Club Launch Racks

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JAL3

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I'd like to see some ideas for club style launch racks. I'd like to find a design that is light, easy to fold up and sturdy.

I'm thinking in terms of an "A' at either end supporting some type of beam. I've tried wooden sawhorse legs mounted to 1x and 2x lumber but am not statisfied.

Any great designs out there?

photos would be very nice.
 

shreadvector

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https://www.homedepot.com/webapp/wc...langId=-1&catalogId=10053&productId=100003259

Weighs more than wood, but folds easy and has a carrying handle. Oh, and a heavier steel rack will *NOT* blow over in wind gusts.

We have one wood rack and one steel rack with custom machined swivels mounted (basicly metal versions of the Estes rod attachment in the standard Este pads).

Dozens and dozens of photos of our pads are in the photo section of the Jimz website:

https://www.dars.org/jimz/gallery.htm

https://www.dars.org/jimz/gallery/gal340.jpg

https://www.dars.org/jimz/gallery/gal349.jpg

https://www.dars.org/jimz/gallery/gal351.jpg
 

johnnwwa

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Photos of launch rack used by Blue Mountain Rocketeers section 615

BAR
John

BMR 001.jpg


BMR 003.jpg
 

DAllen

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https://www.homedepot.com/webapp/wc...langId=-1&catalogId=10053&productId=100003259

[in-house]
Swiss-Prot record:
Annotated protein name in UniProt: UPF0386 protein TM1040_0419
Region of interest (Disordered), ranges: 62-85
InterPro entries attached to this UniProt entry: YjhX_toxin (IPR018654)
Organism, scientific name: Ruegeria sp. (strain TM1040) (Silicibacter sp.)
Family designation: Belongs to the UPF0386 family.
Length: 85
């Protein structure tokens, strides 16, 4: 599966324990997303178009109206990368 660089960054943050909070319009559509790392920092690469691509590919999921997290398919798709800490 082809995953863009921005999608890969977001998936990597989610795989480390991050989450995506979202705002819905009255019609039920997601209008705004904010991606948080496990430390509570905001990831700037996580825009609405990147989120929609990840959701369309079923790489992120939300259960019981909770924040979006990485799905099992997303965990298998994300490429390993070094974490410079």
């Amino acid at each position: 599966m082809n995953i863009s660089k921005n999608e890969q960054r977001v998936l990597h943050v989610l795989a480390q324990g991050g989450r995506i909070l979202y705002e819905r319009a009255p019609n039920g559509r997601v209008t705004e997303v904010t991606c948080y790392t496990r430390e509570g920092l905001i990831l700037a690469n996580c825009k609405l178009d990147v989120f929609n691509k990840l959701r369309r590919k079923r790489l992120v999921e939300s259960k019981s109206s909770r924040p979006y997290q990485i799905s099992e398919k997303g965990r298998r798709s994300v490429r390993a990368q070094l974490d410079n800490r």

Weighs more than wood, but folds easy and has a carrying handle. Oh, and a heavier steel rack will *NOT* blow over in wind gusts.
I will third that item. Folds up really nice and is very very sturdy. I would use these over woods saw horses. Doesn't take much to drill holes in the top to mount your launch pads. It's just high enough that you really don't need protective caps on the end of the rods to prevent eye poking but short enough most kids can help clip on the ignitors.

-DAllen
 

Micromeister

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One of my early group sawhorse style racks was just a few 2"x4"s and metal pockets that held the loose legs.

Later I built an all aluminum 4foot rack that stored all its parts under the lid and side door for the legs.

The latest build is the clubs 4"x 6" x 84" self-contained aluminum 6 postion rack. Legs, deflectors, alt-azmat heads, microclips and rods store inside the bottom doors.

Rack-2-sm_System, Controller & Old Models_04-27-83.jpg